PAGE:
How to hash a string into 8 digits?


Question

Is there anyway that I can hash a random string into a 8 digit number without implementing any algorithms myself?

1
66
11/11/2018 9:48:25 PM

Accepted Answer

Yes, you can use the built-in hashlib modules or the built-in hash function. Then, chop-off the last eight digits using modulo operations or string slicing operations on the integer form of the hash:

>>> s = 'she sells sea shells by the sea shore'

>>> # Use hashlib
>>> import hashlib
>>> int(hashlib.sha1(s).hexdigest(), 16) % (10 ** 8)
58097614L

>>> # Use hash()
>>> abs(hash(s)) % (10 ** 8)
82148974
108
4/9/2015 2:17:17 AM

Raymond's answer is great for python2 (though, you don't need the abs() nor the parens around 10 ** 8). However, for python3, there are important caveats. First, you'll need to make sure you are passing an encoded string. These days, in most circumstances, it's probably also better to shy away from sha-1 and use something like sha-256, instead. So, the hashlib approach would be:

>>> import hashlib
>>> s = 'your string'
>>> int(hashlib.sha256(s.encode('utf-8')).hexdigest(), 16) % 10**8
80262417

If you want to use the hash() function instead, the important caveat is that, unlike in Python 2.x, in Python 3.x, the result of hash() will only be consistent within a process, not across python invocations. See here:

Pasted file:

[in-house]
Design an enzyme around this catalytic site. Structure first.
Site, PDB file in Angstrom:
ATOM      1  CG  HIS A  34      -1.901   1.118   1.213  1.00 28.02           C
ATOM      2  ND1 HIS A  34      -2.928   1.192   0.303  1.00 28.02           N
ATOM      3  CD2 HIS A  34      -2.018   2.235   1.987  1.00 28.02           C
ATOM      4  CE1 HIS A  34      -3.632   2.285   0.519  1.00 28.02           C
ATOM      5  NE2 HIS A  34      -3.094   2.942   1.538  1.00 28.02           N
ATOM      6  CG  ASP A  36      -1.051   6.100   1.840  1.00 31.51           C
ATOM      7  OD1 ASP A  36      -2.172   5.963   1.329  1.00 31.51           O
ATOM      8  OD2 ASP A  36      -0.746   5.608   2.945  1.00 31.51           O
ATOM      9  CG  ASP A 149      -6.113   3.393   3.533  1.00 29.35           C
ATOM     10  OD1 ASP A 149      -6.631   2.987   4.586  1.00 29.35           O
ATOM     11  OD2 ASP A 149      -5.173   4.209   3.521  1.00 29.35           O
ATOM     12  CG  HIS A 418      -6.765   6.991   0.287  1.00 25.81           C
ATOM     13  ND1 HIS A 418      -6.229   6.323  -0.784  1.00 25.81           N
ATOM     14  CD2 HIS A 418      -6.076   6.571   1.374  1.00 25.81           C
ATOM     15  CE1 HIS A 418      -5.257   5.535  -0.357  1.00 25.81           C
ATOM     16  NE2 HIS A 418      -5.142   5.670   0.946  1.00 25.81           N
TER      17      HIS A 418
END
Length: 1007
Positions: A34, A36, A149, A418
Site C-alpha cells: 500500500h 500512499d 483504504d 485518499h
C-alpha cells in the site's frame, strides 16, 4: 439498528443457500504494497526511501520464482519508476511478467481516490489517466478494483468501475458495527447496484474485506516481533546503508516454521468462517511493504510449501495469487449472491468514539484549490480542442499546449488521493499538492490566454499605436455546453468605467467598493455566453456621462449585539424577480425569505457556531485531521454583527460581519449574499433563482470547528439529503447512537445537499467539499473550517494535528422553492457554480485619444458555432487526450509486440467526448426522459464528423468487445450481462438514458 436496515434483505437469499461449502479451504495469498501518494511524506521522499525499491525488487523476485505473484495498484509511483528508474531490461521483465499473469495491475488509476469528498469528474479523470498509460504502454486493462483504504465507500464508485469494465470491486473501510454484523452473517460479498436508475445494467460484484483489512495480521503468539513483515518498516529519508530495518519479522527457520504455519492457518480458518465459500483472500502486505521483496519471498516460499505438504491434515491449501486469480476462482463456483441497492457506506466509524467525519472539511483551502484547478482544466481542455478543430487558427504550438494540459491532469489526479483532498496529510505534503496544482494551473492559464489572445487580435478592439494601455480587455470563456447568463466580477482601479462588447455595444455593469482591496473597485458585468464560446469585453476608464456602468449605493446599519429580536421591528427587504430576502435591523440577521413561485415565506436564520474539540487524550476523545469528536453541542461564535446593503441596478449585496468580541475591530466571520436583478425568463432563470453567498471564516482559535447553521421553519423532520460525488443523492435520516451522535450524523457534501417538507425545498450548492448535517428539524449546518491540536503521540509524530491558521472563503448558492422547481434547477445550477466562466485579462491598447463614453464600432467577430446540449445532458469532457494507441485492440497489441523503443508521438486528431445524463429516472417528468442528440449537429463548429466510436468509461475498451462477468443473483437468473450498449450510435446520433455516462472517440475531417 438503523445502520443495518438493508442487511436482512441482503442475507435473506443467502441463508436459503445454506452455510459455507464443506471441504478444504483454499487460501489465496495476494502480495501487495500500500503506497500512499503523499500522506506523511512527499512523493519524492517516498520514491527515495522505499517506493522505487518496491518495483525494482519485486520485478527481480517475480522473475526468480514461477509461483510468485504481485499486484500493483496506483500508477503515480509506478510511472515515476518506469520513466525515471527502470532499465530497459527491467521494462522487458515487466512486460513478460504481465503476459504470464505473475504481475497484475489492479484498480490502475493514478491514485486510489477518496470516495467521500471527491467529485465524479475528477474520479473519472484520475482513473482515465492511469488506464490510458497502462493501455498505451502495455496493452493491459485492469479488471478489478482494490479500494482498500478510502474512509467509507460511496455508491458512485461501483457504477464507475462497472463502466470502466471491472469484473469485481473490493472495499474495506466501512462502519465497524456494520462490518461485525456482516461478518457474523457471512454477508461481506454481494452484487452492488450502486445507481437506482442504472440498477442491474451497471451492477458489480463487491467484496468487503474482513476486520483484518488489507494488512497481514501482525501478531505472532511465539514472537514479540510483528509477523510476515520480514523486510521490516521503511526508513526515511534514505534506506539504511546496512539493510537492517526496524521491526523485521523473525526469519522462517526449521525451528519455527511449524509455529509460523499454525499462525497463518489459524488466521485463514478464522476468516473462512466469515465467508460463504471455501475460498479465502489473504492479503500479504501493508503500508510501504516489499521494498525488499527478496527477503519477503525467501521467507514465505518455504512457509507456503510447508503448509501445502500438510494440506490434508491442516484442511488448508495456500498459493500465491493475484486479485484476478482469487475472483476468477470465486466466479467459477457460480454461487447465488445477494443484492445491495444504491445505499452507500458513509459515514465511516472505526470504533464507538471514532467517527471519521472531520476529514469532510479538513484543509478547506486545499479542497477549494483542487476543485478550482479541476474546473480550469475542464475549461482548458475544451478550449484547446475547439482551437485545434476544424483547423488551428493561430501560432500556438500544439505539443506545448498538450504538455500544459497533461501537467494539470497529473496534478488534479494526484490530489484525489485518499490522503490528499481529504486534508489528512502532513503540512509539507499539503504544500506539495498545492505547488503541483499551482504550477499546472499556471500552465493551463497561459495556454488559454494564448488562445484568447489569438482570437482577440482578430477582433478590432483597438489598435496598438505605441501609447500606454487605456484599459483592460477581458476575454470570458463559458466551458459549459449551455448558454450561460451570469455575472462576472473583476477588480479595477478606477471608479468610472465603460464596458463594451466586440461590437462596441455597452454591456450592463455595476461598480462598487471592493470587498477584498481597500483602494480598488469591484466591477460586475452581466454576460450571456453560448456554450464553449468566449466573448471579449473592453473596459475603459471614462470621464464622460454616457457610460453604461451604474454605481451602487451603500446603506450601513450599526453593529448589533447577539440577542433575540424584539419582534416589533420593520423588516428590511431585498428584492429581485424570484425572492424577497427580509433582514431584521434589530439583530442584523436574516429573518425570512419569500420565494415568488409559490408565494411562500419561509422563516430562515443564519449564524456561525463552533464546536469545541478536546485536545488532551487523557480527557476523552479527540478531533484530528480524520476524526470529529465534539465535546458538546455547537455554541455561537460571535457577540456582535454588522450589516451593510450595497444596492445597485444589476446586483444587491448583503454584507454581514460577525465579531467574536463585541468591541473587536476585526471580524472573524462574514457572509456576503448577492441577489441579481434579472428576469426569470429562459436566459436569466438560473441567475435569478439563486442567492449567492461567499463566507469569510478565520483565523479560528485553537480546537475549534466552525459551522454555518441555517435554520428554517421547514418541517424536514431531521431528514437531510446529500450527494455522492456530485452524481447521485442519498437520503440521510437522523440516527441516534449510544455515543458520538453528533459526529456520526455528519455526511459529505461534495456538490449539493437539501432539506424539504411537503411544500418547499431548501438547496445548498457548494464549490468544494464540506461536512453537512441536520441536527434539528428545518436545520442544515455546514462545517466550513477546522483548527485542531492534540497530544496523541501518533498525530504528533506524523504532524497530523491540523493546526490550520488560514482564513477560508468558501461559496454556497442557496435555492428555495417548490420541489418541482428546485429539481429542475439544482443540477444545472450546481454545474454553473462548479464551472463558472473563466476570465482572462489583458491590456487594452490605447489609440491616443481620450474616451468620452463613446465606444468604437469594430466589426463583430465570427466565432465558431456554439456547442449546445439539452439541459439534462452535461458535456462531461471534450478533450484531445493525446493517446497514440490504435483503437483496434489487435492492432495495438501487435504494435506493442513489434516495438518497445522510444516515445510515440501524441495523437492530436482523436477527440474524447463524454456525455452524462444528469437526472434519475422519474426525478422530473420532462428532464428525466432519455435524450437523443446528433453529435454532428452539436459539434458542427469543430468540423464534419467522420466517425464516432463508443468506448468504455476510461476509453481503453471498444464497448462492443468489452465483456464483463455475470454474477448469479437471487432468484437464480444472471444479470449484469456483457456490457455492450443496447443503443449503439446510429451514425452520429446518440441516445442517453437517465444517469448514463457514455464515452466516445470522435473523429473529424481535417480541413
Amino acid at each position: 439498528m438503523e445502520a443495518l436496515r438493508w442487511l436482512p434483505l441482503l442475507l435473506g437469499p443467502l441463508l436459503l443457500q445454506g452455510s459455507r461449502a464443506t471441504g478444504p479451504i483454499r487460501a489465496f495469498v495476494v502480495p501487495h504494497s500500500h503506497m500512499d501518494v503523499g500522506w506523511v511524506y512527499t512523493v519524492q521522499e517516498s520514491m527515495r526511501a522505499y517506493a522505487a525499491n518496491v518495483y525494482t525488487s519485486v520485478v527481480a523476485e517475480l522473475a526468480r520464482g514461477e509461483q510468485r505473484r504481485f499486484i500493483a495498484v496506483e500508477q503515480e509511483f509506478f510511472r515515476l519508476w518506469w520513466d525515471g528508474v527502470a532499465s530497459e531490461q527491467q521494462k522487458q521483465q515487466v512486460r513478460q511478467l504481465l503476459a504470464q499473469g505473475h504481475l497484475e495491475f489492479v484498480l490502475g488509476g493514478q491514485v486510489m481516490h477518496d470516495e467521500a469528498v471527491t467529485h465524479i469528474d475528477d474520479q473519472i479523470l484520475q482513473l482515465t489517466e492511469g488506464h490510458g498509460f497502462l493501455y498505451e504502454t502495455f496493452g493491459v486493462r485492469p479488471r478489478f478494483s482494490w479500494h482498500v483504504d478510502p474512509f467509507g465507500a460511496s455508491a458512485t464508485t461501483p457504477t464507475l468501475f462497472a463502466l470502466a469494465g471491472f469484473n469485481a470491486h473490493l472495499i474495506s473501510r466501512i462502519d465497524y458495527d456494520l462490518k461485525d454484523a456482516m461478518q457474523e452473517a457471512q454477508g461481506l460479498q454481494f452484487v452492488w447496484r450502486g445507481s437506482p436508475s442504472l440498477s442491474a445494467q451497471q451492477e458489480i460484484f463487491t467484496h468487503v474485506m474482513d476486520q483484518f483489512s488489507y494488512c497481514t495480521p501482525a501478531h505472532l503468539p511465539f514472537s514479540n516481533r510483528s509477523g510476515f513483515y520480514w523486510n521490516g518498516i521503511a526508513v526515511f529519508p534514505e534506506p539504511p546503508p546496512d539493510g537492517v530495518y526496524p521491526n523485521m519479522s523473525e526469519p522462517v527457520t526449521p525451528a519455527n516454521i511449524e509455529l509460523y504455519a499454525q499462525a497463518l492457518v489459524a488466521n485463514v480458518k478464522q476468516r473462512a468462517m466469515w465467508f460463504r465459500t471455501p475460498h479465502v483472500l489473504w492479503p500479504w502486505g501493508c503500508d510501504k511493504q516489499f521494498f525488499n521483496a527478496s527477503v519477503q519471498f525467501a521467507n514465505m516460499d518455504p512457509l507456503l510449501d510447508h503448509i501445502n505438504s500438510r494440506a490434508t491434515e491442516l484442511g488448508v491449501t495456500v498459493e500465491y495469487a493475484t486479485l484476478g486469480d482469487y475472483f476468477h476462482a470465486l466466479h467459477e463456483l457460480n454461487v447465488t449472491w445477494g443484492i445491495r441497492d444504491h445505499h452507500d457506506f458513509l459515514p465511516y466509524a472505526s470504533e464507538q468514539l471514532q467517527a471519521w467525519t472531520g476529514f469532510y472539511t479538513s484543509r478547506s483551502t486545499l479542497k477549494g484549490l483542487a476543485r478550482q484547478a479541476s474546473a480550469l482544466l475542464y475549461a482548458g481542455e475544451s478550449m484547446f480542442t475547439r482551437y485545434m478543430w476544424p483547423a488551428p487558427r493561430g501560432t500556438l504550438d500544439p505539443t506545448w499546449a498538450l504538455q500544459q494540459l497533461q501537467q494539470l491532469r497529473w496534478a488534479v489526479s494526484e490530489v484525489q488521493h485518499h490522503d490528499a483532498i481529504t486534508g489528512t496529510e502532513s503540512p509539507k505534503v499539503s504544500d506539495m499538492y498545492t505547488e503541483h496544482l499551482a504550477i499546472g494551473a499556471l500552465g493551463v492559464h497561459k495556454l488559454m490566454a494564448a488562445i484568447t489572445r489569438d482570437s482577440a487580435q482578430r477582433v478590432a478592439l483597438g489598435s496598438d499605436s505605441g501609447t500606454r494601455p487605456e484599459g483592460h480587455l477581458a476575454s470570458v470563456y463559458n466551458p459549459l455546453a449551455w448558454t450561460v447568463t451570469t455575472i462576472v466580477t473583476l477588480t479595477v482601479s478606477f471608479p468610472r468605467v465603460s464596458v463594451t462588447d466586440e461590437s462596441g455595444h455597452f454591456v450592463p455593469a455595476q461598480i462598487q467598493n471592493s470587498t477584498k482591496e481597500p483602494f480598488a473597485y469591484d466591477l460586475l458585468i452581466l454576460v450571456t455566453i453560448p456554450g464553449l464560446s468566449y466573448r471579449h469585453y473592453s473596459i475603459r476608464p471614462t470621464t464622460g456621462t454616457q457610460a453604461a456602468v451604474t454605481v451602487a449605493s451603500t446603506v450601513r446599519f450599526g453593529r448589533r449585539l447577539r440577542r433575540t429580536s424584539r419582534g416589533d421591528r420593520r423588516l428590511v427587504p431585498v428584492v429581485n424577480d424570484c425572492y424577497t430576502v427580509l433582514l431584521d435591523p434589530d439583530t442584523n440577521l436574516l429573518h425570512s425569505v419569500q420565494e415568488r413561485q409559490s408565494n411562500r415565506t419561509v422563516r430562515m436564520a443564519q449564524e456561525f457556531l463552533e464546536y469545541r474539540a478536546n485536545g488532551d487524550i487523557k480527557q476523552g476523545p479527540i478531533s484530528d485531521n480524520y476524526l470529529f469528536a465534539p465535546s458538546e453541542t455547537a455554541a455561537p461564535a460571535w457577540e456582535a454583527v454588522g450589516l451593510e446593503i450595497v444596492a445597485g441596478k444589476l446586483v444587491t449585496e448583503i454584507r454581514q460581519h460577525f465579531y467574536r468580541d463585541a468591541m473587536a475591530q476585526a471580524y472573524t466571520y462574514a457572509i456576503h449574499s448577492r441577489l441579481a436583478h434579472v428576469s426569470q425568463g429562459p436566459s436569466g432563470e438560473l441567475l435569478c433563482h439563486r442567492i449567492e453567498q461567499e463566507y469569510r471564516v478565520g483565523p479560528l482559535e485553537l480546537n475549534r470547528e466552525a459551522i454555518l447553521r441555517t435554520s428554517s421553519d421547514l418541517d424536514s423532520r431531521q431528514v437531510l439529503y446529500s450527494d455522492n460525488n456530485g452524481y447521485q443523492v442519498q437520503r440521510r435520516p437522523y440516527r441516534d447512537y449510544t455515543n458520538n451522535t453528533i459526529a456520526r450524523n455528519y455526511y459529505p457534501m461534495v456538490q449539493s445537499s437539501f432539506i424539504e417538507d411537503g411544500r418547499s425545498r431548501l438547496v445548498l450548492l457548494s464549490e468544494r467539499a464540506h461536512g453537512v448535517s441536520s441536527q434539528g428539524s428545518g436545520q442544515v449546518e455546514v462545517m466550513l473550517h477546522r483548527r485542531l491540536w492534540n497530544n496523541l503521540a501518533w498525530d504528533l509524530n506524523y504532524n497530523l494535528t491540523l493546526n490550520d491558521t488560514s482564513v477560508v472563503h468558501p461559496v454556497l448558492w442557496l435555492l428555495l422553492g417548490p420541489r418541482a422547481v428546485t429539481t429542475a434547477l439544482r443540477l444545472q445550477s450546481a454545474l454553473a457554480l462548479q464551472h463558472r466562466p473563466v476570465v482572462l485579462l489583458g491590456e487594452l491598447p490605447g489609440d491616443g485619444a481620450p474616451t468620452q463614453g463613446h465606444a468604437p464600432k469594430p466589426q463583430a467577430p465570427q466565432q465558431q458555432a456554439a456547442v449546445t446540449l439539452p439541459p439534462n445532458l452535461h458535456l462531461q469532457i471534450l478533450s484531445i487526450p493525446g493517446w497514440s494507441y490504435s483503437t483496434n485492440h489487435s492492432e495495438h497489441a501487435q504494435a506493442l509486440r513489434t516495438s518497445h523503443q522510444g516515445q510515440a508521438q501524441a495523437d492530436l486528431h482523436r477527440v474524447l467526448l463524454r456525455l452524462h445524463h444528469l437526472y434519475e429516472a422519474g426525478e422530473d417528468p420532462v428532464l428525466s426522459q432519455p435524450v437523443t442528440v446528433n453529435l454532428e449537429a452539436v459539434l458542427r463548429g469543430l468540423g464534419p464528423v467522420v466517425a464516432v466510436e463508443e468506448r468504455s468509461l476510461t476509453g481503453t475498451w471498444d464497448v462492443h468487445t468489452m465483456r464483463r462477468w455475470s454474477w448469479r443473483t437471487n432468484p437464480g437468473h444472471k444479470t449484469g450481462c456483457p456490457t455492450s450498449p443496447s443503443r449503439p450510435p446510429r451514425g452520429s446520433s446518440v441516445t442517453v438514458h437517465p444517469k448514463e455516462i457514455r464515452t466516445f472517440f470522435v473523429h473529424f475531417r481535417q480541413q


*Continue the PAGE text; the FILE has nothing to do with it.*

$ python -V
Python 2.7.5
$ python -c 'print(hash("foo"))'
-4177197833195190597
$ python -c 'print(hash("foo"))'
-4177197833195190597

$ python3 -V
Python 3.4.2
$ python3 -c 'print(hash("foo"))'
5790391865899772265
$ python3 -c 'print(hash("foo"))'
-8152690834165248934

This means the hash()-based solution suggested, which can be shortened to just:

hash(s) % 10**8

will only return the same value within a given script run:

#Python 2:
$ python2 -c 's="your string"; print(hash(s) % 10**8)'
52304543
$ python2 -c 's="your string"; print(hash(s) % 10**8)'
52304543

#Python 3:
$ python3 -c 's="your string"; print(hash(s) % 10**8)'
12954124
$ python3 -c 's="your string"; print(hash(s) % 10**8)'
32065451

So, depending on if this matters in your application (it did in mine), you'll probably want to stick to the hashlib-based approach.


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